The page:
Lucy Ferriss


I've called this blog "Travelin' Thoughts" in the past, because I kept it mostly as a journal to record impressions of new places and cultures. But in a way, it's still a place for traveling thoughts--ideas that move through and past me, and out into the world. Some of these are literary, some just about life. It's a good place to open up the conversation, and I welcome your thoughts and comments.

Hanging Callendars & Other Curiosities

May 13, 2015

April 18, 2012, Peshawar -- I want to pause and point out some of the colorful details I risk overlooking. Like the buses. I’m trying to get a couple of good photos of these, though the streets are always so crowded it’s hard to stand back and get a clear shot. They are massively decorated, not just painted everywhere with alluring women’s eyes staring from the back, wild animals along the sides, perhaps the zodiac, famous buildings, fantastical creatures, slogans, horses, abstract designs … They also sport glittering grillwork, scarves waving from every available hook, pompoms, streamers, often a sparkling rooftop railing for the roof riders. I asked Shazia how anyone knows where any particular bus is going, since the paintings seem individual and not indicative of a route, and thre are no numbers or destinations indicated. She pointed out the young man who hangs from the bus door. As they approach a stop, he leans out and shouts all the roads along which the bus will run, and if that’s your route, you hop on. He also hustles people onto the bus and tells the bus driver (who can scarcely see, for all the people hanging onto the bus and the press of traffic and pedestrians) when to take off. He’s known as a “callender,” stress on the second syllable.

I’ve just been served tea by the cook. This is always a formal affair. I am not allowed to return the tea things to the kitchen when I’m done, or even to lift them as he approaches to clear. He’ll make me set them down again so he can do it all.

Haggling is different here. The seller gives you a set price, say for a hand-embroidered shawl, and you go all the way to buying it. Then, just as you’re about to hand the cash over, you look at him slyly and saying something like “You don’t really mean 25,000 rupees. Come on. I’ll give you 23,000. Right?” And he objects, but then you fork over the 23,000 and more or less turn to go. Then he’ll say something like “You need to give me 1000 more,” and you say, “500.” And the deal is done. Forget about credit cards. We spent several infuriating hours dealing with banks, ATMs, and MasterCard (who knew I was here and had promised not to block anything), and in the end I’m simply going to reimburse Shazia via bank transfer when I’m in the States. People here walk around with millions of rupees in their pockets, despite the risk of robbery, because there’s no other way to buy anything.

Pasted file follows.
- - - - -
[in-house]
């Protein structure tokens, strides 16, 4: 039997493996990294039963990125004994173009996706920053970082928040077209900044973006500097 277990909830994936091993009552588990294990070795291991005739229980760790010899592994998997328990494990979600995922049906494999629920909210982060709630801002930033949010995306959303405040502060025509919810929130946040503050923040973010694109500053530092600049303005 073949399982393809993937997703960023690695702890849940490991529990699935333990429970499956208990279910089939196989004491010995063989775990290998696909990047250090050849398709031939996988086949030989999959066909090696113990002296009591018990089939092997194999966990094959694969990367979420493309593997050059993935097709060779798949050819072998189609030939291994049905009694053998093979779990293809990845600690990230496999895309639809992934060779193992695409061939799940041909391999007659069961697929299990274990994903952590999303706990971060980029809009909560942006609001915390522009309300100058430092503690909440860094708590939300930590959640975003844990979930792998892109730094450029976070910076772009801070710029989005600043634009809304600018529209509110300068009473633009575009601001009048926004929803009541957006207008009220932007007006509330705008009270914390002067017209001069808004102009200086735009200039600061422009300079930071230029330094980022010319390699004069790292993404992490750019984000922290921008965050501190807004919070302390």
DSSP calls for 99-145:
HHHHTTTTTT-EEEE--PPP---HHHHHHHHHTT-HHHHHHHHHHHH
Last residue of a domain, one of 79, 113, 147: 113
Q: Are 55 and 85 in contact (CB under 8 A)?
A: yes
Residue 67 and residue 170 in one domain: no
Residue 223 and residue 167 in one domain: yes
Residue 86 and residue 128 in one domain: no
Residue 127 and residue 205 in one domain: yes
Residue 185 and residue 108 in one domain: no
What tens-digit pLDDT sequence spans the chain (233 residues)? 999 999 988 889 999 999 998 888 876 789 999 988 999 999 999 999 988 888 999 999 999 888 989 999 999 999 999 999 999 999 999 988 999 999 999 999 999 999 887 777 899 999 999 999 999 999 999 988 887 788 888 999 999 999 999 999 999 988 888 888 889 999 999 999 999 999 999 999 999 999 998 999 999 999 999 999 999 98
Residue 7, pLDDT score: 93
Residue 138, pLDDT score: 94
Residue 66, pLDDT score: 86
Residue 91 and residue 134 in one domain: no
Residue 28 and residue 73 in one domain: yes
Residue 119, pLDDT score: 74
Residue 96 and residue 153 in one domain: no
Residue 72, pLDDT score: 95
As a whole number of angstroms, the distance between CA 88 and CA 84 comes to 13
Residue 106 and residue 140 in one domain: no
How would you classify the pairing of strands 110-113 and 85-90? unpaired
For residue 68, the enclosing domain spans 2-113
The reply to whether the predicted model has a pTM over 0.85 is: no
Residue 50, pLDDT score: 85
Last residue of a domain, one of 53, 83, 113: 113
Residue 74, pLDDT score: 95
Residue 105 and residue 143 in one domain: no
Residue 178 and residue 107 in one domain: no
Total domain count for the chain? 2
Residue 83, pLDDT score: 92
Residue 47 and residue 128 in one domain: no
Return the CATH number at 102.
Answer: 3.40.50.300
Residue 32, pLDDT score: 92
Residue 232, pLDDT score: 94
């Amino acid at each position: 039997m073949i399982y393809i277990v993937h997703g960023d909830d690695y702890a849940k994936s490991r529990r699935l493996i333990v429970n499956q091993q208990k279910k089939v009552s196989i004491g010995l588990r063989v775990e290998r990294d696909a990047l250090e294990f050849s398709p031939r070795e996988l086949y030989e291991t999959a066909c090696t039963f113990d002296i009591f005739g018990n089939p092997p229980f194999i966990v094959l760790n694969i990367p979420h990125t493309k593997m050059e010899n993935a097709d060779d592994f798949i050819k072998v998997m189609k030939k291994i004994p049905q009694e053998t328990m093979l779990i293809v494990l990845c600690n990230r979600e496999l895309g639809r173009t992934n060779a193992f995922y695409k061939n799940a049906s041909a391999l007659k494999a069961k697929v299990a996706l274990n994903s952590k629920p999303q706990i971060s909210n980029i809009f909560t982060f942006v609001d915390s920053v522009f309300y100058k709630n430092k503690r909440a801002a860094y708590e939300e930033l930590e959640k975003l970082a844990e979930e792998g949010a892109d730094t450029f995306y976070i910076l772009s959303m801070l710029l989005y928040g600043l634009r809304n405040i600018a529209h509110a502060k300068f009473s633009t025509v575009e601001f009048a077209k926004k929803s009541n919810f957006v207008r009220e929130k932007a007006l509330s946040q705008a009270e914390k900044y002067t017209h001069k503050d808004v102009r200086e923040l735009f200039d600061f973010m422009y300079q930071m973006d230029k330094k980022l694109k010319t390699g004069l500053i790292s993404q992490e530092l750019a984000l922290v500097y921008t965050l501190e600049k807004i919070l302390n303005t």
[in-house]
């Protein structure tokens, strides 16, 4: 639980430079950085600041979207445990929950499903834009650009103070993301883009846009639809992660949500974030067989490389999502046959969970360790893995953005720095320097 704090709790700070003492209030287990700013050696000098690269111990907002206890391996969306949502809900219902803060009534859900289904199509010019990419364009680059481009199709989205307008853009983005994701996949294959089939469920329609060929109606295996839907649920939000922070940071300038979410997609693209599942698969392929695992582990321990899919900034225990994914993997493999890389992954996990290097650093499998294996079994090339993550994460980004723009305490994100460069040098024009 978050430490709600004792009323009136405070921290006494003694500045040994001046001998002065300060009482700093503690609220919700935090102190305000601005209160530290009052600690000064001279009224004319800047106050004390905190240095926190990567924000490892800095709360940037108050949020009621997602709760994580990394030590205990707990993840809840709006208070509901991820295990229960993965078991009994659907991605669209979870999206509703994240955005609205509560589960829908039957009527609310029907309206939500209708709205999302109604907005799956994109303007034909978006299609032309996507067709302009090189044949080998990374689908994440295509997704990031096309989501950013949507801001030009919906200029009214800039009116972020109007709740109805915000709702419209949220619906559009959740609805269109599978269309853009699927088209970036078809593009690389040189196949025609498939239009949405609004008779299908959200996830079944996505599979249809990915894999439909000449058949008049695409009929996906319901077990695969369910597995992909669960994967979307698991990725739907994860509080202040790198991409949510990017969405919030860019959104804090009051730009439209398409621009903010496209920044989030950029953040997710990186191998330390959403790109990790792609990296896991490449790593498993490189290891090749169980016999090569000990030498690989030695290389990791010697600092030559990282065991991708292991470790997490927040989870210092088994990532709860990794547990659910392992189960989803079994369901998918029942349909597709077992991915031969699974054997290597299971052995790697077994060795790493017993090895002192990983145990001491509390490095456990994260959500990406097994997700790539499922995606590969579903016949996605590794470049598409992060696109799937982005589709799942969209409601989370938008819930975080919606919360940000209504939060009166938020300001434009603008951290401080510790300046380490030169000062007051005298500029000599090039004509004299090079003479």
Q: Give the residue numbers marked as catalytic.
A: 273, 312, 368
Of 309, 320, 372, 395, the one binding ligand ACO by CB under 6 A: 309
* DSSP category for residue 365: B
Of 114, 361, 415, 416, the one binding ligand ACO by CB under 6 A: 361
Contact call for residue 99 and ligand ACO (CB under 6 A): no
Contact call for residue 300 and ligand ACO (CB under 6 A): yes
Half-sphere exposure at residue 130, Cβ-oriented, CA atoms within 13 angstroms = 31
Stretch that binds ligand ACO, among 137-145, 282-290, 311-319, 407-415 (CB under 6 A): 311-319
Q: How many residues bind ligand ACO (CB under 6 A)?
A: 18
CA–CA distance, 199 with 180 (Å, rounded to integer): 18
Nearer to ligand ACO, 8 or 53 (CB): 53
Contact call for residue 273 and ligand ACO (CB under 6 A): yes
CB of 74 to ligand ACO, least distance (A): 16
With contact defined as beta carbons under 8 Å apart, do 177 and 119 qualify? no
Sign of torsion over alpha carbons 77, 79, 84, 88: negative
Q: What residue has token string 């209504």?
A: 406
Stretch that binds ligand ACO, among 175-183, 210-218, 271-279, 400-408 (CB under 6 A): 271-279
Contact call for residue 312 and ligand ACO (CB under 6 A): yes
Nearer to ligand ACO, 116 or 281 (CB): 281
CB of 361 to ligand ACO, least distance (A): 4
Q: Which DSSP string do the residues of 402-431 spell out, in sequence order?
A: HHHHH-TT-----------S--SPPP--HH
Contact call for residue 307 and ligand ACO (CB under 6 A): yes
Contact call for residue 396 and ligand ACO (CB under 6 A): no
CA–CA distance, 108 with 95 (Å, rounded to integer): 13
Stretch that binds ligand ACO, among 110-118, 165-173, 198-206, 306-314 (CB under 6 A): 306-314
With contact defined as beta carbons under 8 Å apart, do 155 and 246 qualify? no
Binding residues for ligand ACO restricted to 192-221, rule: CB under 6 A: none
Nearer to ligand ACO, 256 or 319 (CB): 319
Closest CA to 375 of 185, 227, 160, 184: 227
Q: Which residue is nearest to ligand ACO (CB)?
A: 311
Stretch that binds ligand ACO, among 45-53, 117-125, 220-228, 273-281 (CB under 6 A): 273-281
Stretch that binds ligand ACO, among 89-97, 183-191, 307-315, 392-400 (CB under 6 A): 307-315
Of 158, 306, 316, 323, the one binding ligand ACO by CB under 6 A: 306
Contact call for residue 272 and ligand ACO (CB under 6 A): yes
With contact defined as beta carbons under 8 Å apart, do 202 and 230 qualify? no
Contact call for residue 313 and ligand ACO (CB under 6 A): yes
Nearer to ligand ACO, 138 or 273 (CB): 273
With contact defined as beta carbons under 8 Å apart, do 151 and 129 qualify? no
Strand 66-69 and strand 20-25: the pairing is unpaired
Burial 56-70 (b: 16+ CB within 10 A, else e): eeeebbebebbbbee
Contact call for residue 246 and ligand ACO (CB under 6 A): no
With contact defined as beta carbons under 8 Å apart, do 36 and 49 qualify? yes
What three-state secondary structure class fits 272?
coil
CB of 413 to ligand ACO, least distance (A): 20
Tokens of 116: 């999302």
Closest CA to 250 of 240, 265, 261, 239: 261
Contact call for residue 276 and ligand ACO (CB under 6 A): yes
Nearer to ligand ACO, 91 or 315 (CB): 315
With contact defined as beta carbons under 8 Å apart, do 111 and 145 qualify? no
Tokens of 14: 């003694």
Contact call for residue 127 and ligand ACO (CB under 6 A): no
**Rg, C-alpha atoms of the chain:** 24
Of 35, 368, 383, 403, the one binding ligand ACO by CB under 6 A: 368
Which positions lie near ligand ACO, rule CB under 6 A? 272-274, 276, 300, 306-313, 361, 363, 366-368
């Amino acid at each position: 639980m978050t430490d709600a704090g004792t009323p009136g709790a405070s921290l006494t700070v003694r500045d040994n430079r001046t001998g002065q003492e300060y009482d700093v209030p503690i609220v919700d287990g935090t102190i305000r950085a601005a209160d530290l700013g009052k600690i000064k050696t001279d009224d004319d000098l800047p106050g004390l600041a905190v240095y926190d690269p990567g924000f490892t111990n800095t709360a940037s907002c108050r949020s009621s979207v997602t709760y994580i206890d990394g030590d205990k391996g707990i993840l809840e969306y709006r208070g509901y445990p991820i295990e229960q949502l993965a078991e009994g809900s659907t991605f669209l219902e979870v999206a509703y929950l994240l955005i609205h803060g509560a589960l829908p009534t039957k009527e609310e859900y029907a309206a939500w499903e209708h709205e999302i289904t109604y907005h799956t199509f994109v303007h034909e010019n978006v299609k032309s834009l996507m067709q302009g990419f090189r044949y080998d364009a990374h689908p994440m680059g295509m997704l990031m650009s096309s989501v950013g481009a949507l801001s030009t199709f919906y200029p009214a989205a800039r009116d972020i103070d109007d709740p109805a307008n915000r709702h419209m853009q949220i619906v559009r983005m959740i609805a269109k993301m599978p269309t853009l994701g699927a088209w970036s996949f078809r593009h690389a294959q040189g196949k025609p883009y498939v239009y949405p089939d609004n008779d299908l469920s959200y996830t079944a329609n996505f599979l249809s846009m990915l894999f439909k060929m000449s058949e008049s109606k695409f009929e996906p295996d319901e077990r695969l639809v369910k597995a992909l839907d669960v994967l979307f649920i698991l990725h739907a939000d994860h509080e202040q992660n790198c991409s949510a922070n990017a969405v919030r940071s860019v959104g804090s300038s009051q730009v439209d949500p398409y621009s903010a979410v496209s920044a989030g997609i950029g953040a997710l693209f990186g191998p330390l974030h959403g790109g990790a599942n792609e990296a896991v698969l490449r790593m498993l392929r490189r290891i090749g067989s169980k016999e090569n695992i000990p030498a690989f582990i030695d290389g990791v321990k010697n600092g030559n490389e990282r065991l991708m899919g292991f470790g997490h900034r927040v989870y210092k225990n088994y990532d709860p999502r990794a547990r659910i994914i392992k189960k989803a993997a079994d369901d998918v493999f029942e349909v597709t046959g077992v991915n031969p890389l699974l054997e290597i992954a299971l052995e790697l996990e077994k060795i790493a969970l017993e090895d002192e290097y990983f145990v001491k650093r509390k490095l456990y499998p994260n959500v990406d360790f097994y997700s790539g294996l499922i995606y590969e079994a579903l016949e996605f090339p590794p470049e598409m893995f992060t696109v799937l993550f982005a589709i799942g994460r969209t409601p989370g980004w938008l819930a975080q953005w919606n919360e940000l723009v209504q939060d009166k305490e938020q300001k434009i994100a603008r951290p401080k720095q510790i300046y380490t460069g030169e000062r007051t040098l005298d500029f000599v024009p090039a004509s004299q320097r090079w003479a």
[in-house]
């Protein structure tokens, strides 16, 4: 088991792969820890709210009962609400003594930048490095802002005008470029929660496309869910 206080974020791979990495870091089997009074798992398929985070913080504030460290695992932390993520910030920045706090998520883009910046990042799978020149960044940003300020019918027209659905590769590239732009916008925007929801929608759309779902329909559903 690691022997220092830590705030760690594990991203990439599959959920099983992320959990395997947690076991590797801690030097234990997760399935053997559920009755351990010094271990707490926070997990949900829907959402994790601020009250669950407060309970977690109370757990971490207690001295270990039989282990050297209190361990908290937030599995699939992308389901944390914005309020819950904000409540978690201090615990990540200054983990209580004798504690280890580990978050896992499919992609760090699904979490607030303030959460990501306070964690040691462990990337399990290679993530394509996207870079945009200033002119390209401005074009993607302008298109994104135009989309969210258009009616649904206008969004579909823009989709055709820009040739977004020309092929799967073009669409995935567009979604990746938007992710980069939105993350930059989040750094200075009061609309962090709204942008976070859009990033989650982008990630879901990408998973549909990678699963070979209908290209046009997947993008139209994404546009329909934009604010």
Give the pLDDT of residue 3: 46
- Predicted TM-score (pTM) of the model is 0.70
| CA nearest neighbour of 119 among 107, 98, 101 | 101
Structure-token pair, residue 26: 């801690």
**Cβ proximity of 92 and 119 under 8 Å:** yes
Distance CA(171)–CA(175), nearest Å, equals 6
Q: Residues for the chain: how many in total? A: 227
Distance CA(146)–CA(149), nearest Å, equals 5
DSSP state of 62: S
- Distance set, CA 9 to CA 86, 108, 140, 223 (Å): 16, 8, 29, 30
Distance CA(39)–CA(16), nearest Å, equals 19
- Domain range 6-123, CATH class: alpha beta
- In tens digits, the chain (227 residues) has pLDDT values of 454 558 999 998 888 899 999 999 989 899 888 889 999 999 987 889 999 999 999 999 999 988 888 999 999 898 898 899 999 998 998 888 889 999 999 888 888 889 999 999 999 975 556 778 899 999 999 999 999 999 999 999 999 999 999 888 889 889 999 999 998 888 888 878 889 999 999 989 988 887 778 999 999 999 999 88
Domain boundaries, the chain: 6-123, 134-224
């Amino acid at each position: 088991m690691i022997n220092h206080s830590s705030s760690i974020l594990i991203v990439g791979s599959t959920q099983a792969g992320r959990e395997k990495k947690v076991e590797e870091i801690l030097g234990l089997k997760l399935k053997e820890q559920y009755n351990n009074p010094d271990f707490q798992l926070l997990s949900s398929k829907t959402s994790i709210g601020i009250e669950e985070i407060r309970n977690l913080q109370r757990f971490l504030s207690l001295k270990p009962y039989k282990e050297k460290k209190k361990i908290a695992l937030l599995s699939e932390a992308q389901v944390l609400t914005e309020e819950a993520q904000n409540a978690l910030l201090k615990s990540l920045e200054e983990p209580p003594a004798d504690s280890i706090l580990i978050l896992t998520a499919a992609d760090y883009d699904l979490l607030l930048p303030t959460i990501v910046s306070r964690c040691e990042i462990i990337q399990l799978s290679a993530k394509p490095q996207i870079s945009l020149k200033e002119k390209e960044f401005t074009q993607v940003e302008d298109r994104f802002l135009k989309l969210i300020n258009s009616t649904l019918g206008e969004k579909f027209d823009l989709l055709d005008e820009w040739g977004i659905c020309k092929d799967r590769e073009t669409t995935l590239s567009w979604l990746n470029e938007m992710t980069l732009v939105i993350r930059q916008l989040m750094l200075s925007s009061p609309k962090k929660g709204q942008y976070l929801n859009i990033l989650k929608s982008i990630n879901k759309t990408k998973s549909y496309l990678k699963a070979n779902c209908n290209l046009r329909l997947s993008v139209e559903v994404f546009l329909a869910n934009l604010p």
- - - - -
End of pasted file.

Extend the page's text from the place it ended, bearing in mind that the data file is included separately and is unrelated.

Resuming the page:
Speaking of money, yesterday Sohrab returned from Lahore on the overnight Daewoo. I asked if he’d been able to sleep. He said no, because the overnight bus eschews the motorway for the crowded and extremely bumpy Grand Trunk Road for the entire distance. Why? Because at night, highwaymen attack on the motorway. They set up a blockade, perhaps as primitive as a bunch of logs strewn over the motorway, and then they force their way onto the bus and take everyone’s money and goods. Or they stop expensive cars and kidnap the occupants.

I’m making this place sound insane. And it is insane. Yet within the shops, the sellers are polite, calm, not the sort of hustler you’d expect. Outside, a young boy will be almost continually sweeping the dirt, trying for cleanliness in this city of blowing dust and garbage. The horses pulling the carts that crowd in among rickshaws and buses are uncommonly beautiful, lean and dark and glistening with sweat, trotting with head held high, a bit of bright decoration on the forehead or mane. On the rare occasion that the smog clears, the mountains of the Khyber Pass guard the city in ancient splendor.

One last mention, then I’ll close and post again on events. Polio is a big problem here. Young men with withered legs beg in the streets. Why? Because when the government or the NGO goes into the rural areas with vaccine, the people think they are trying to sterilize their sons, and they refuse the vaccine. No one seems to trust anyone in so-called authority.

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